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Complete Strike Planned By Labor Union If GM Exits South Korea

Complete Strike Planned By Labor Union If GM Exits South Korea
The worker’s union at the South Korean factory of General Motors does not rule out the possibility of the American automaker leaving the country completely and has threatened to conduct a full strike if it actually does so.
Lim Han-taek, the head of the employee’s union at the GM factory which has 14,000 members, said that at present the union would pressurize the company to develop and present a comprehensive and complete plan for a turnaround for its South Korean operations which is making significant losses.
Last week, the U.S. automaker had declared its plans for the closure of its production unit at Gunsan, in southwest South Korea by May of this year and had said that it would take a decision about the fate of the other three production units in South Korea in a next few months. 
The company plans to take “important decisions” on its next steps by the end of February and till then it would have made “meaningful progress” in discussions and negotiations with its stakeholders which include the labor union and the government.
During a meeting earlier on Wednesday, hopes about the company being able to complete this year’s annual wage talks very soon was expressed by GM’s international operations head, Barry Engle, Lim said. But since the umbrella union would have to get a list of its demands, therefore it might not be possible for GM to initiate contract negotiations by mid-March, Lim said.
“The union will make some concessions, if needed, and the government will provide financial support to GM only if it presents a thorough turnaround plan,” he said.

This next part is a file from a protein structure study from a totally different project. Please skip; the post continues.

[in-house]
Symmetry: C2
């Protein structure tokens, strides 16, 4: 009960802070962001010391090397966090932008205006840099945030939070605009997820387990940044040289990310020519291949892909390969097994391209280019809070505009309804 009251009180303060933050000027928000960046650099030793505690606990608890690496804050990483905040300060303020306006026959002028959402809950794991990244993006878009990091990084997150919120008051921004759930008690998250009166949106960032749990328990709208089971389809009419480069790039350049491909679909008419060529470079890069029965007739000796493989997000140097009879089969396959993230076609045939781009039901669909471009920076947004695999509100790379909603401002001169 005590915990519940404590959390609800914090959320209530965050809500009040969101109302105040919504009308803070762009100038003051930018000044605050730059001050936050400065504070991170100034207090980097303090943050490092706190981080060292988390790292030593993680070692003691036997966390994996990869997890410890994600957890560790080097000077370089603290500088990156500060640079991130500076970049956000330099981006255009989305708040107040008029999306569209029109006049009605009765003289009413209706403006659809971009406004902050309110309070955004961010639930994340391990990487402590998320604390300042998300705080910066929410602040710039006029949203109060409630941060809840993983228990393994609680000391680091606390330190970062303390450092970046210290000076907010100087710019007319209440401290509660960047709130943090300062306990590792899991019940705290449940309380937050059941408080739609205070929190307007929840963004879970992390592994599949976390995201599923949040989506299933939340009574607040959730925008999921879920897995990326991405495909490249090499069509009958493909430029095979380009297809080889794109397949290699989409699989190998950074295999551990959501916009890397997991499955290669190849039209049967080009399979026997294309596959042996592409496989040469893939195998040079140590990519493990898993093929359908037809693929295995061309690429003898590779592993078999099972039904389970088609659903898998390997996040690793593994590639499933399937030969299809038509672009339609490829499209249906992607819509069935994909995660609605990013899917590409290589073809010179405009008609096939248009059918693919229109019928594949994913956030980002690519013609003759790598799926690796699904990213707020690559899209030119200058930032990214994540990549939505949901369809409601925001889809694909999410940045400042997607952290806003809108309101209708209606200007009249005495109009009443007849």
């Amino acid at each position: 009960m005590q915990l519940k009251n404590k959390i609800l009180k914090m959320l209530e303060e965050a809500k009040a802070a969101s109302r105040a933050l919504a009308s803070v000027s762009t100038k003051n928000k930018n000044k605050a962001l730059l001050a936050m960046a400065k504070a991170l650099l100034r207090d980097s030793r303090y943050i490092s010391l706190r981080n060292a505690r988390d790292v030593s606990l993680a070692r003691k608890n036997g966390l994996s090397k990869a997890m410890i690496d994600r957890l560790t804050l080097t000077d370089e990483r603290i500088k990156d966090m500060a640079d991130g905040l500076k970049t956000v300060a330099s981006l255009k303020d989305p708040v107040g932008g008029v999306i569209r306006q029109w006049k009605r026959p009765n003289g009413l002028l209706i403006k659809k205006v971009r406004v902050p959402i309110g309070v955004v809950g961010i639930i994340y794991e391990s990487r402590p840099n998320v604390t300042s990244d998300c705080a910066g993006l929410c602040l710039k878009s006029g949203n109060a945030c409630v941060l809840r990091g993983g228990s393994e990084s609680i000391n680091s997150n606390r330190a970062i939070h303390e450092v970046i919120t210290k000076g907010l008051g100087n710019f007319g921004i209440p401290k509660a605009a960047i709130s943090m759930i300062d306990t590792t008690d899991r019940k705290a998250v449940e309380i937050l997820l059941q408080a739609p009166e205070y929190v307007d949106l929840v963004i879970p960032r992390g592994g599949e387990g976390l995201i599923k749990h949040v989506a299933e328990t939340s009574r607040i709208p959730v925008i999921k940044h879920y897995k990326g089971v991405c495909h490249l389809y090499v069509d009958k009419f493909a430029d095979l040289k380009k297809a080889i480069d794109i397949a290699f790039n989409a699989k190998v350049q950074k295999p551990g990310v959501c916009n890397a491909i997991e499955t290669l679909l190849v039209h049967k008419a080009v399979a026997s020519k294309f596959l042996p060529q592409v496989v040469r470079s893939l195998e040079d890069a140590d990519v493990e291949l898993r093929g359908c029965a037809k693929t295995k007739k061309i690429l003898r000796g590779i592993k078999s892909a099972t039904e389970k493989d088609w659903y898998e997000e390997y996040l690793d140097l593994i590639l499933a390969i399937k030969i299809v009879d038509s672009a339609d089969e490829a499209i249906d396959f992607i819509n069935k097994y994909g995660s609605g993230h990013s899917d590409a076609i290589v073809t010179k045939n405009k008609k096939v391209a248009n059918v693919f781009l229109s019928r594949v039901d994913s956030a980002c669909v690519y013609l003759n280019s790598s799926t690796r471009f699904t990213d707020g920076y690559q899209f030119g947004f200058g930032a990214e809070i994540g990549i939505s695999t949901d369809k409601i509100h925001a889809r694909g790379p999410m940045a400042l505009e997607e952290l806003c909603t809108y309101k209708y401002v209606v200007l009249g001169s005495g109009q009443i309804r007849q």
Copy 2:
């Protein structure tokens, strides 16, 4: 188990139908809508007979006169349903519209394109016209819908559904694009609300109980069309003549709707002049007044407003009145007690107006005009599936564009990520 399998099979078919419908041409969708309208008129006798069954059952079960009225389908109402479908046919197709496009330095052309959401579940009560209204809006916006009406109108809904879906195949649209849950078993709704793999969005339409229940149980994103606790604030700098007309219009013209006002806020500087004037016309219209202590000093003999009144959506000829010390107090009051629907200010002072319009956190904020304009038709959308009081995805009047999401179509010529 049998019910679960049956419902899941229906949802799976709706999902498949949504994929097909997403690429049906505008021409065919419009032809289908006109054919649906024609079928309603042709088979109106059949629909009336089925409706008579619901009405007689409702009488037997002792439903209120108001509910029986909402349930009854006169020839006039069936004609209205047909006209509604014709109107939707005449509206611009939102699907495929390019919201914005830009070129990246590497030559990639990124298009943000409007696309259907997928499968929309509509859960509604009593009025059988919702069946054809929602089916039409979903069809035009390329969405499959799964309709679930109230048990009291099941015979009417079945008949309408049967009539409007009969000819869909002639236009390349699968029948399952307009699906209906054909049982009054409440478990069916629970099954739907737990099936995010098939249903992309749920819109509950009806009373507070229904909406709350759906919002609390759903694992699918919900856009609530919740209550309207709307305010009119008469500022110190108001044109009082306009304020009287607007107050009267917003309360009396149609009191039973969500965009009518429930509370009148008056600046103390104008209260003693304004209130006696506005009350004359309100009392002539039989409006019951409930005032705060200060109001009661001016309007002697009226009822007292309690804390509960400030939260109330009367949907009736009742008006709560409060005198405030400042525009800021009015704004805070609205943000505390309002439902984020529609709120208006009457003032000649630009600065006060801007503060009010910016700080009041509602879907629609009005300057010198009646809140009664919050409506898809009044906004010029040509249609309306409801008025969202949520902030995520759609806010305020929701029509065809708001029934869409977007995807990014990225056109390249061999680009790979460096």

Sources have said that GM is hoping to secure financial support and tax benefits from Seoul and as a part of that plan, the company has planned fresh investments and a debt-for-equity swap for the South Korea operations. But government help could only be ensured after an audit is conducted on the company and on its ‘opaque management’, Seoul has said.
The issue of a complete strike would be discussed in a day or two by the union, Lim said.
“We don’t want to go as far as a full strike,” he said, citing negative public views of South Korea’s auto unions.
“But if GM says it will completely withdraw from South Korea, we will down our tools. This will be over. When GM left other markets, they did so boldly. I hope that does not happen in South Korea.”
Even though GM has announced the production of two new models of cars by its South Korean business, Lim said that even that would not be enough for conducting a complete turnaround of the South Korean business.
It would be at least four years before production can be started for one of the proposed models which is a crossover model, Lim said. additionally, utilization rates cannot be revived by another proposed model which is the next-generation Trax SUV and it is slated to o into production by 2020.

Christopher J. Mitchell

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